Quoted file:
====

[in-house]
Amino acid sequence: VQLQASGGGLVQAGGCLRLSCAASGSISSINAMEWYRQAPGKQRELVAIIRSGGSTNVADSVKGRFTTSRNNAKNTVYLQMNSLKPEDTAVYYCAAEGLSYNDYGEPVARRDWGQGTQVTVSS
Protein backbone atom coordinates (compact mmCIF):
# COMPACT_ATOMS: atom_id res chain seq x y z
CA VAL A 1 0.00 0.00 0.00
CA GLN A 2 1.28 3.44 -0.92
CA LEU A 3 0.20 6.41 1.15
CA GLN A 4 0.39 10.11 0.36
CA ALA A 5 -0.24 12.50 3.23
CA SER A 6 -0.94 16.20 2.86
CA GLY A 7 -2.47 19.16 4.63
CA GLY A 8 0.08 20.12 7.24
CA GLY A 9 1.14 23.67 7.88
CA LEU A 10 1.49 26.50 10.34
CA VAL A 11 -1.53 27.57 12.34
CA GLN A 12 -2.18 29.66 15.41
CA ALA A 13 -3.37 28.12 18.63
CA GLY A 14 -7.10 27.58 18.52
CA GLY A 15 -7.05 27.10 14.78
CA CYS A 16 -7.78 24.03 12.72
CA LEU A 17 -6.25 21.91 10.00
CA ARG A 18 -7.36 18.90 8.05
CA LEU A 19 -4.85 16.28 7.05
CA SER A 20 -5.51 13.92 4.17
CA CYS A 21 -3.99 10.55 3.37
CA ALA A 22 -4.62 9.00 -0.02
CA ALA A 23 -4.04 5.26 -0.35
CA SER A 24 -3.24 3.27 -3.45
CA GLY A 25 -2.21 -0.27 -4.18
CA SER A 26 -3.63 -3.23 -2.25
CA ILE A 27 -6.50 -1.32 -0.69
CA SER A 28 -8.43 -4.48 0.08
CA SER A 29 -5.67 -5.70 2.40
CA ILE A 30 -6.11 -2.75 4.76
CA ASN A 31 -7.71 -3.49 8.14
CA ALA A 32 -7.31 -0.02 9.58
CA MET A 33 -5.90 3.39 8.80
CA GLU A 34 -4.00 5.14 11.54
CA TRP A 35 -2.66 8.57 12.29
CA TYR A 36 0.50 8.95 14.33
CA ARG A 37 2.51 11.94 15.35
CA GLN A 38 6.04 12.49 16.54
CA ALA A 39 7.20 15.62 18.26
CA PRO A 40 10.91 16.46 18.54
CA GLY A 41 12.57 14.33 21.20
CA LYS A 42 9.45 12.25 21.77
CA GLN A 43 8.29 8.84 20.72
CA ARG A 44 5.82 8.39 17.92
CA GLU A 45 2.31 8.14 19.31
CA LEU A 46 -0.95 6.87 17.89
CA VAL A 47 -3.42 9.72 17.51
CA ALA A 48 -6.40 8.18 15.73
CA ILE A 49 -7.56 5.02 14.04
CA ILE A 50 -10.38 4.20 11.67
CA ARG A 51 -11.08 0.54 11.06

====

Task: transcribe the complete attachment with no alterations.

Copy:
[in-house]
Amino acid sequence: VQLQASGGGLVQAGGCLRLSCAASGSISSINAMEWYRQAPGKQRELVAIIRSGGSTNVADSVKGRFTTSRNNAKNTVYLQMNSLKPEDTAVYYCAAEGLSYNDYGEPVARRDWGQGTQVTVSS
Protein backbone atom coordinates (compact mmCIF):
# COMPACT_ATOMS: atom_id res chain seq x y z
CA VAL A 1 0.00 0.00 0.00
CA GLN A 2 1.28 3.44 -0.92
CA LEU A 3 0.20 6.41 1.15
CA GLN A 4 0.39 10.11 0.36
CA ALA A 5 -0.24 12.50 3.23
CA SER A 6 -0.94 16.20 2.86
CA GLY A 7 -2.47 19.16 4.63
CA GLY A 8 0.08 20.12 7.24
CA GLY A 9 1.14 23.67 7.88
CA LEU A 10 1.49 26.50 10.34
CA VAL A 11 -1.53 27.57 12.34
CA GLN A 12 -2.18 29.66 15.41
CA ALA A 13 -3.37 28.12 18.63
CA GLY A 14 -7.10 27.58 18.52
CA GLY A 15 -7.05 27.10 14.78
CA CYS A 16 -7.78 24.03 12.72
CA LEU A 17 -6.25 21.91 10.00
CA ARG A 18 -7.36 18.90 8.05
CA LEU A 19 -4.85 16.28 7.05
CA SER A 20 -5.51 13.92 4.17
CA CYS A 21 -3.99 10.55 3.37
CA ALA A 22 -4.62 9.00 -0.02
CA ALA A 23 -4.04 5.26 -0.35
CA SER A 24 -3.24 3.27 -3.45
CA GLY A 25 -2.21 -0.27 -4.18
CA SER A 26 -3.63 -3.23 -2.25
CA ILE A 27 -6.50 -1.32 -0.69
CA SER A 28 -8.43 -4.48 0.08
CA SER A 29 -5.67 -5.70 2.40
CA ILE A 30 -6.11 -2.75 4.76
CA ASN A 31 -7.71 -3.49 8.14
CA ALA A 32 -7.31 -0.02 9.58
CA MET A 33 -5.90 3.39 8.80
CA GLU A 34 -4.00 5.14 11.54
CA TRP A 35 -2.66 8.57 12.29
CA TYR A 36 0.50 8.95 14.33
CA ARG A 37 2.51 11.94 15.35
CA GLN A 38 6.04 12.49 16.54
CA ALA A 39 7.20 15.62 18.26
CA PRO A 40 10.91 16.46 18.54
CA GLY A 41 12.57 14.33 21.20
CA LYS A 42 9.45 12.25 21.77
CA GLN A 43 8.29 8.84 20.72
CA ARG A 44 5.82 8.39 17.92
CA GLU A 45 2.31 8.14 19.31
CA LEU A 46 -0.95 6.87 17.89
CA VAL A 47 -3.42 9.72 17.51
CA ALA A 48 -6.40 8.18 15.73
CA ILE A 49 -7.56 5.02 14.04
CA ILE A 50 -10.38 4.20 11.67
CA ARG A 51 -11.08 0.54 11.06